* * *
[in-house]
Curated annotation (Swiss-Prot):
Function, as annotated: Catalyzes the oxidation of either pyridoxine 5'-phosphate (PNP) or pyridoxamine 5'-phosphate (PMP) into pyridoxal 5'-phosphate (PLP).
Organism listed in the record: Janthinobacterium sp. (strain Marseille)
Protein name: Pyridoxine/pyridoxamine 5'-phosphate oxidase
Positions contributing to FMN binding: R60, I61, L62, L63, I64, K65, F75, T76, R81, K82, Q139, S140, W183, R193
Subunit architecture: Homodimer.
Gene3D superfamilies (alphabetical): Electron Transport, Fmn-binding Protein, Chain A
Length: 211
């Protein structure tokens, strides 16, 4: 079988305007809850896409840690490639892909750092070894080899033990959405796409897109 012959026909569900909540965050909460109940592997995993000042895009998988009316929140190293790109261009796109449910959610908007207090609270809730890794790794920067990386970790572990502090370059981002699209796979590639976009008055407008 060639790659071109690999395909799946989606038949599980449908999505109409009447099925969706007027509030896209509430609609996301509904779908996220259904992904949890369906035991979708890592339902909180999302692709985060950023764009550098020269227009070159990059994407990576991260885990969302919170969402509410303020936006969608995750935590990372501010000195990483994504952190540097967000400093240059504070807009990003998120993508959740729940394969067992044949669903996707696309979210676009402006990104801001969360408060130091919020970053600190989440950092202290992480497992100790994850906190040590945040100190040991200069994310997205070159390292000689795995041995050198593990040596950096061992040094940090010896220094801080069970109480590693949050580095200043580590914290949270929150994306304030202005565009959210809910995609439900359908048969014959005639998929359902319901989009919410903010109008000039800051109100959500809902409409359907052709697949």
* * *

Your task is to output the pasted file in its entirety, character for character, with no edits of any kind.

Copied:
[in-house]
Curated annotation (Swiss-Prot):
Function, as annotated: Catalyzes the oxidation of either pyridoxine 5'-phosphate (PNP) or pyridoxamine 5'-phosphate (PMP) into pyridoxal 5'-phosphate (PLP).
Organism listed in the record: Janthinobacterium sp. (strain Marseille)
Protein name: Pyridoxine/pyridoxamine 5'-phosphate oxidase
Positions contributing to FMN binding: R60, I61, L62, L63, I64, K65, F75, T76, R81, K82, Q139, S140, W183, R193
Subunit architecture: Homodimer.
Gene3D superfamilies (alphabetical): Electron Transport, Fmn-binding Protein, Chain A
Length: 211
């Protein structure tokens, strides 16, 4: 079988305007809850896409840690490639892909750092070894080899033990959405796409897109 012959026909569900909540965050909460109940592997995993000042895009998988009316929140190293790109261009796109449910959610908007207090609270809730890794790794920067990386970790572990502090370059981002699209796979590639976009008055407008 060639790659071109690999395909799946989606038949599980449908999505109409009447099925969706007027509030896209509430609609996301509904779908996220259904992904949890369906035991979708890592339902909180999302692709985060950023764009550098020269227009070159990059994407990576991260885990969302919170969402509410303020936006969608995750935590990372501010000195990483994504952190540097967000400093240059504070807009990003998120993508959740729940394969067992044949669903996707696309979210676009402006990104801001969360408060130091919020970053600190989440950092202290992480497992100790994850906190040590945040100190040991200069994310997205070159390292000689795995041995050198593990040596950096061992040094940090010896220094801080069970109480590693949050580095200043580590914290949270929150994306304030202005565009959210809910995609439900359908048969014959005639998929359902319901989009919410903010109008000039800051109100959500809902409409359907052709697949």